For employers, there are a lot of things within your control. You can control how to discipline an employee and when to take certain steps including termination. You can control how much severance you offer that employee and whether to offer severance at all. 

But there is one thing that employers can’t control that can have a big impact on how an employee’s situation is resolved — who the employee hires as his or her attorney.

That factor is often overlooked by employers who want the matter to be decided purely on the “merits”.  Cases don’t work that way though.

Who the employee hires, can be the difference between resolving issues in a separation agreement amicably or a multi-year armageddon.  It can mean the difference between a battle based on facts and a battle based on emotion.  It can be the difference of spending $2000 or $200,000 in your outside counsel fees.

All based, in part, on the choice of an attorney.

For employers, you may not be able to control who your employee hires, but you can control how you deal with that attorney.   If you’re unfamiliar with him or her, ask around.  Does that attorney have a tendency to take lousy cases and puff them up as if they’ve got a lottery case on his or her hands? Or does the attorney have a reputation for weeding out frivolous cases and mainly taking cases that have some merit to them?

Does the attorney typically take contingency fee cases or does the lawyer require some type of blended rate, thus cutting down on a winner-takes-all mentality?  Does the attorney have a reputation for settling right before trial or a reputation for fairly valuing cases early on?

It is also important to understand whether the case the attorney is bringing is an isolated one or the start of many. Does a message need to be sent to the attorney that you are not easy pickings for nuisance value suits?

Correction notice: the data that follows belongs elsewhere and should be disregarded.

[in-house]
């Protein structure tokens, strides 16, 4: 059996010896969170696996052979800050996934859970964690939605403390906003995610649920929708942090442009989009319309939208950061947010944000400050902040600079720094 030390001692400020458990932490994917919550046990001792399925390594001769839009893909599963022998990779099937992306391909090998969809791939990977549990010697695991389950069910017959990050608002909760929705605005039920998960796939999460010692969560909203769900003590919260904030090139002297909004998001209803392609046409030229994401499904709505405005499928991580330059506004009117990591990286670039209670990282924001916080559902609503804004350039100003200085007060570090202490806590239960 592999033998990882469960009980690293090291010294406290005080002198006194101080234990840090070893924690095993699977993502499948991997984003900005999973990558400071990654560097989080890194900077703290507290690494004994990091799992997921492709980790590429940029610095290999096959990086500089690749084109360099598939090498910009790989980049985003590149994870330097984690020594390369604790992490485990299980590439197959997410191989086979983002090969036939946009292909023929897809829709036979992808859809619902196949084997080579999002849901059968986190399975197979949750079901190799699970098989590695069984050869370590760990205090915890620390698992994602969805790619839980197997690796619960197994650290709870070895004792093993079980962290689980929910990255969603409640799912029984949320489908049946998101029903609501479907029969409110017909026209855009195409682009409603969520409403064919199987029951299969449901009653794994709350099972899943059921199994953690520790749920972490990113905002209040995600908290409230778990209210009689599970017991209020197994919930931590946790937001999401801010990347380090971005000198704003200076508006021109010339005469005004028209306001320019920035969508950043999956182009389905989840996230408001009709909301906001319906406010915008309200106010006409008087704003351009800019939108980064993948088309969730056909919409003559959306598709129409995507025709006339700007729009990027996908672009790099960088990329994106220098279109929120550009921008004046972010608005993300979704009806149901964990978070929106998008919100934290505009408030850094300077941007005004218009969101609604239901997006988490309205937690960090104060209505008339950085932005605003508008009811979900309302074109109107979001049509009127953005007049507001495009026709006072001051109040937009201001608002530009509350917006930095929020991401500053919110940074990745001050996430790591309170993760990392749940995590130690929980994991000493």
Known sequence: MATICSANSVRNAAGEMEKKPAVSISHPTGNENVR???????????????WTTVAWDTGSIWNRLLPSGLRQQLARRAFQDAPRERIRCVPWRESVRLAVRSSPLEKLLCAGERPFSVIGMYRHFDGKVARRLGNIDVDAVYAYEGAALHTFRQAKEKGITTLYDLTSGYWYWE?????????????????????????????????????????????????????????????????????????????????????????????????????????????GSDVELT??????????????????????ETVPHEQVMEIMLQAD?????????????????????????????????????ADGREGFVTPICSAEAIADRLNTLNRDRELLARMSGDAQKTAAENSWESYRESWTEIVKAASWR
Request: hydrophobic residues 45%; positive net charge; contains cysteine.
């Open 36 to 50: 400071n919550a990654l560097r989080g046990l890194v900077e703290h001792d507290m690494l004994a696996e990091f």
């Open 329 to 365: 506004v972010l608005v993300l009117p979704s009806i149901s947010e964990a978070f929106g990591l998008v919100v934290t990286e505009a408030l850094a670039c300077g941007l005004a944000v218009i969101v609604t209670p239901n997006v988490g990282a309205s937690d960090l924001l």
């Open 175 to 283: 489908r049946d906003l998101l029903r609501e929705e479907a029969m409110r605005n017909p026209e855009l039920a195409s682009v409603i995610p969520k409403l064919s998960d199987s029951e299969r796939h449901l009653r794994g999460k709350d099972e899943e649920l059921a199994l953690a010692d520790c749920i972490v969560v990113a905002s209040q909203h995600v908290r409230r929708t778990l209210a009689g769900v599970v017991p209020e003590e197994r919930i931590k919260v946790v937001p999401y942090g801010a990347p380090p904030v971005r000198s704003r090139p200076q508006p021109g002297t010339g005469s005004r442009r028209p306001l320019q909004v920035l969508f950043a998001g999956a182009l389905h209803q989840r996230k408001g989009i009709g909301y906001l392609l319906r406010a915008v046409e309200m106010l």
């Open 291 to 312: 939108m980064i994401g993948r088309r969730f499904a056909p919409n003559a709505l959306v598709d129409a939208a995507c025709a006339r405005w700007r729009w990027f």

Above all else, understand your opposition.  Just like attorneys in general, there are some great plaintiff’s attorneys and some lousy ones.  Some are publicity seekers while some get publicity based on their reputation.  Knowing who you are dealing with can help suggest a path going forward.

Of course, that’s not the only consideration for you to consider: some good attorneys take “bad” cases and some mediocre attorneys stumble onto “good” cases; but for employers, don’t overlook the attorney because I can assure you: that attorney is looking right at you.

  • Could not be more true. Very insightful advice for companies. Who is on the other side, in addition to assigned judge, are two of the most important, and most overlooked, considerations in litigation.

  • Tim Schranck


    As usual, I think your comments are spot-on. It reinforces the need to advise clients of the inherent risks of litigation regardless of the “facts on the ground.” Whenever I get a new lawsuit, the first two things I do (after reading the Complaint) is research on the attorney and on the client (social media being a great source).

    Question: There are lots of competing opportunities out there, but I am of the opinion that if the employer has a mandatory binding arbitration provision in place, that dampens the value of cases for plaintiff’s attorney who hope to argue emotion to a jury rather than law to a (usually) retired judge or employment attorney who actually knows the law.

    Keep up the good work!


  • I love this post. As somebody who hasn’t had a chance to make a reputation one way or another yet, it’s good for me to remember that how my professional choices will effect me in all directions.

  • Frank Walsh

    This advice applies equally to defense firms. Picking the wrong one can be the difference between a reasonable settlement early, or a frivolous defense designed to generate fees.

  • Tom Crane

    Very true. Speaking as a (mostly) plaintiff lawyer, I know some of my colleagues are rather strident, while others are not. True also of defense lawyers. Have to respect lawyers who will offer reasonable amounts on a case prior to motions to dismiss or summary judgment. We have to disagree – to some extent. But, we do not have to disagree disagreeably.